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Dying your own hair has been around forever, but it's became a bit of a hot hobby in these last few years of quarantine. As one of Google's most searched items in 2020, the desire of dying your own hair at home hasn't lost its momentum with box dye sales higher than ever. If you've been taking the long way to the register lately and find yourself wandering the dye aisle, here's a guide to get you to the next step: dying your own hair at home.
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We hate to be the bearer of bad news, but yes! Which you might've known if you've ever encountered even a little dose of dye. Bleaching usually gets the bad rap for breakage, loss of hydration, and the crispy, dry scalp feeling, but any permanent dye will change hair beyond just needing a new halo colour!
If you didn't know, your hair is made up of 95% protein. Up close, your strands of hair look like they have little roof shingles on them, designed to protect from UV rays, heat, and moisture. The formulas used in dying your hair, whether in-salon or you're dying your own hair, create a chemical reaction that lifts these proteins and deeply penetrate the hair strand. That's where the colour changes! And while chemicals are giving you a braggable new 'do, they're also bringing with them the harshness of those chemicals: welcome, dryness and damage.
That said, it's not all bad if you know how to take care of your hair pre and post dye job. Follow this guide and you can curve some of that potential damage (or at the very least, a botched job!)
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We love options. And with hair dyes, you've got almost too many of em! For picking colour, keep it simple. It feels like you can buy just about any look, but if you're dying your own hair, be realistic about what a DIY job and your skills can do. Here, it's best to only go a few shades darker or lighter when dying your hair at home.
Beyond colour, if you've ever I'm-just-looking'd the dye section, you may have seen both liquids and mousse formulas. The difference between these is: mousse is more translucent, giving you a shimmery, iridescent effect after it's applied. Where the classic liquid dyes are traditionally more opaque and give a more punchy, pigmented look.
Once that's nailed, make sure you grab enough dye! If you have thick hair or long hair, grab 2 boxes. The last thing you want is an empty bottle and only half a head of dye done. Trust me, it's worth it to have even though you *might* not need it.
Get even closer to salon quality with the right tools! You'll obv need an old towel and a shirt you don't mind ruining for the big dye job, but get a professional dye brush for perfect application.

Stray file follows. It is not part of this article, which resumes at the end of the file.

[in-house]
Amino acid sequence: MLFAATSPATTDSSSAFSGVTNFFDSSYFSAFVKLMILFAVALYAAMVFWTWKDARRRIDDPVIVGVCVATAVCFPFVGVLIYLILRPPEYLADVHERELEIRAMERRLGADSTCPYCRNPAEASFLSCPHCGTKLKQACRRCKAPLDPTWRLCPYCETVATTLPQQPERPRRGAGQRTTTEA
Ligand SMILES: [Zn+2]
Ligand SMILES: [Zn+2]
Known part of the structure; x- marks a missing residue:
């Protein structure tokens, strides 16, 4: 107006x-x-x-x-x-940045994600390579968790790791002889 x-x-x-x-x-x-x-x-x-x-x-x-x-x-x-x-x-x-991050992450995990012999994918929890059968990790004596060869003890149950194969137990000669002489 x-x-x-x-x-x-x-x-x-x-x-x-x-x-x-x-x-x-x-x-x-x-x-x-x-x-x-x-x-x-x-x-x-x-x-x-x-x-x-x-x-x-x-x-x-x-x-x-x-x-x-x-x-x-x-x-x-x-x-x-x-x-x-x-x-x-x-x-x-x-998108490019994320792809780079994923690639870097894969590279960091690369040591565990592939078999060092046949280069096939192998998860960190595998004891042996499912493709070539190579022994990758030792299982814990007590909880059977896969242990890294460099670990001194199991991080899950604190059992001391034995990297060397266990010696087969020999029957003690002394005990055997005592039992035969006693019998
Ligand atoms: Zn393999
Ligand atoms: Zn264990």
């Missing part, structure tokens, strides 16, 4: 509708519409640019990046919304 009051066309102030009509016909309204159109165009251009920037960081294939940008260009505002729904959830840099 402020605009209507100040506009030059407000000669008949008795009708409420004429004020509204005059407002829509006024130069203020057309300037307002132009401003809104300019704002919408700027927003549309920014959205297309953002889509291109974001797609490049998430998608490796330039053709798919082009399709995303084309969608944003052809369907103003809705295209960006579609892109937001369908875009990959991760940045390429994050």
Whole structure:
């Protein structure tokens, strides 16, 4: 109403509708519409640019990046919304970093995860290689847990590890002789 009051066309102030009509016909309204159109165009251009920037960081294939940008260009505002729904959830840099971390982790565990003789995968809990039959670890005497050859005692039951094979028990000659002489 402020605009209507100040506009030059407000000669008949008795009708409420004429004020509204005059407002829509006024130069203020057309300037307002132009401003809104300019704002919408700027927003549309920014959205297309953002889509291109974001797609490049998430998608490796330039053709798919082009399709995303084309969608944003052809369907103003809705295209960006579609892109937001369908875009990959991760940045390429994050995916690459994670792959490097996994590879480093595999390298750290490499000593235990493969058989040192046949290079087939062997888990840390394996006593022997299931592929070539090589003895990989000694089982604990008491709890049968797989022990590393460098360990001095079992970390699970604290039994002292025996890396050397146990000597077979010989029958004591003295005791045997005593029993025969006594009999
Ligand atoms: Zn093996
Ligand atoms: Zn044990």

Using just your hands, especially in those plastic gloves that come with your dye, can lead to splotchy, uneven colour. These inexpensive brushes help glide colour on especially well at the root when you section your hair (another major tip coming at you below).
Should you wash your hair before dying? Rejoice! It's a big no! As someone who went platinum for a few years, the dirtier your hair is the better your scalp is gonna feel. The natural oils that your scalp produces (scalp sebum) help protect your delicate scalp from burning, itching, and drying from the harsh chemicals and bleaches. They'll also help the follicles at the root from being overly penetrated!
Now, if you LOVE styling products and have a ton of product buildup, wash your hair no less than 24 hours before you dye your hair. The longer the better, but scalp sebum is a natural protectant, where old hairspray and dry shampoo are just covering your locks.
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Nothing says “I dyed my own hair” like a dye-line forehead. To give the illusion of a salon session, prep your hairline with a petroleum jelly, like Vaseline. By lining the forehead/hairline with jelly, the dye won't penetrate your skin there, giving you a clean line.
To be extra safe, once you're done dying, promptly wipe any skin that got dye on it. You can use isopropyl alcohol anywhere the dye splashes (like nose or arms).
Whether you're dying your hair at the salon or at-home, it's bound to fade! The same way blondes need to maintain their mane with purple shampoos, non-blonde shades need the right care products too.
Use coloursafe shampoos and conditioners to keep your dye as pigmented as possible. These are often formulated with less sulfates and soaps so they don't strip the colour as much. Great for non-dyed hair too, look at the ingredients and make sure sodium lauryl sulfate, sodium laureth sulfate, and sodium chloride aren't included.
You should definitely hydrate hair after bleaching, but it's important for darker shades too as both dye types are drying! While a colour-protective shampoo and conditioner is crucial for maintaining your colour, you can find shampoos that are hydrating AND sulfate free, like Olaplex's Bond Maintenance Shampoo. Ones like this are great for regular hydration to hair if you're too on the go for hydrating treatments.
Want even more low-maintenance? For daily use, use a hydrating hair oil to finish your look. These add a little boost of hydration and help smooth styles too.